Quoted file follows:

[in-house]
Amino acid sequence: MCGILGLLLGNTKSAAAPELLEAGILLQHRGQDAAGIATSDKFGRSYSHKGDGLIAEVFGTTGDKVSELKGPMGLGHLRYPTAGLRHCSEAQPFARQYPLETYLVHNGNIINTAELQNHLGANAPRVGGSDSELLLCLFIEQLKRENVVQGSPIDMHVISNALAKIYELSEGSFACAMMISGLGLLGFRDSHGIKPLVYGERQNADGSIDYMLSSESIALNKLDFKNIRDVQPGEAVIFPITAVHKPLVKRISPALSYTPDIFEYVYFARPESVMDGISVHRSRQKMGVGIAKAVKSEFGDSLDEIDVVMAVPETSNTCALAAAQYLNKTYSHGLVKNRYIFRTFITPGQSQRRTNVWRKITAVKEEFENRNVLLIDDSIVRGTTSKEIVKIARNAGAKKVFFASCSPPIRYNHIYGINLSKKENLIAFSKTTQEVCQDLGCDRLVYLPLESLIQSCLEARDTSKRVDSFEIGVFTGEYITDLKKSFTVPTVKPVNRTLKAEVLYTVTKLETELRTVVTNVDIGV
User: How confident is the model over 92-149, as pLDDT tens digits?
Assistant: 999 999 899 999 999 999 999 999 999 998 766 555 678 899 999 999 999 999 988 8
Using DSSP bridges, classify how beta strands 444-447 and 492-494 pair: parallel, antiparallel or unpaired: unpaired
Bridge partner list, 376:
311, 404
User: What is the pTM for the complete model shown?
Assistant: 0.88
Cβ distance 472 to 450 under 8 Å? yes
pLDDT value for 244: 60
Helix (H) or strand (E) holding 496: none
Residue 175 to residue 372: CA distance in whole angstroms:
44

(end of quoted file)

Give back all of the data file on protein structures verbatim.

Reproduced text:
[in-house]
Amino acid sequence: MCGILGLLLGNTKSAAAPELLEAGILLQHRGQDAAGIATSDKFGRSYSHKGDGLIAEVFGTTGDKVSELKGPMGLGHLRYPTAGLRHCSEAQPFARQYPLETYLVHNGNIINTAELQNHLGANAPRVGGSDSELLLCLFIEQLKRENVVQGSPIDMHVISNALAKIYELSEGSFACAMMISGLGLLGFRDSHGIKPLVYGERQNADGSIDYMLSSESIALNKLDFKNIRDVQPGEAVIFPITAVHKPLVKRISPALSYTPDIFEYVYFARPESVMDGISVHRSRQKMGVGIAKAVKSEFGDSLDEIDVVMAVPETSNTCALAAAQYLNKTYSHGLVKNRYIFRTFITPGQSQRRTNVWRKITAVKEEFENRNVLLIDDSIVRGTTSKEIVKIARNAGAKKVFFASCSPPIRYNHIYGINLSKKENLIAFSKTTQEVCQDLGCDRLVYLPLESLIQSCLEARDTSKRVDSFEIGVFTGEYITDLKKSFTVPTVKPVNRTLKAEVLYTVTKLETELRTVVTNVDIGV
User: How confident is the model over 92-149, as pLDDT tens digits?
Assistant: 999 999 899 999 999 999 999 999 999 998 766 555 678 899 999 999 999 999 988 8
Using DSSP bridges, classify how beta strands 444-447 and 492-494 pair: parallel, antiparallel or unpaired: unpaired
Bridge partner list, 376:
311, 404
User: What is the pTM for the complete model shown?
Assistant: 0.88
Cβ distance 472 to 450 under 8 Å? yes
pLDDT value for 244: 60
Helix (H) or strand (E) holding 496: none
Residue 175 to residue 372: CA distance in whole angstroms:
44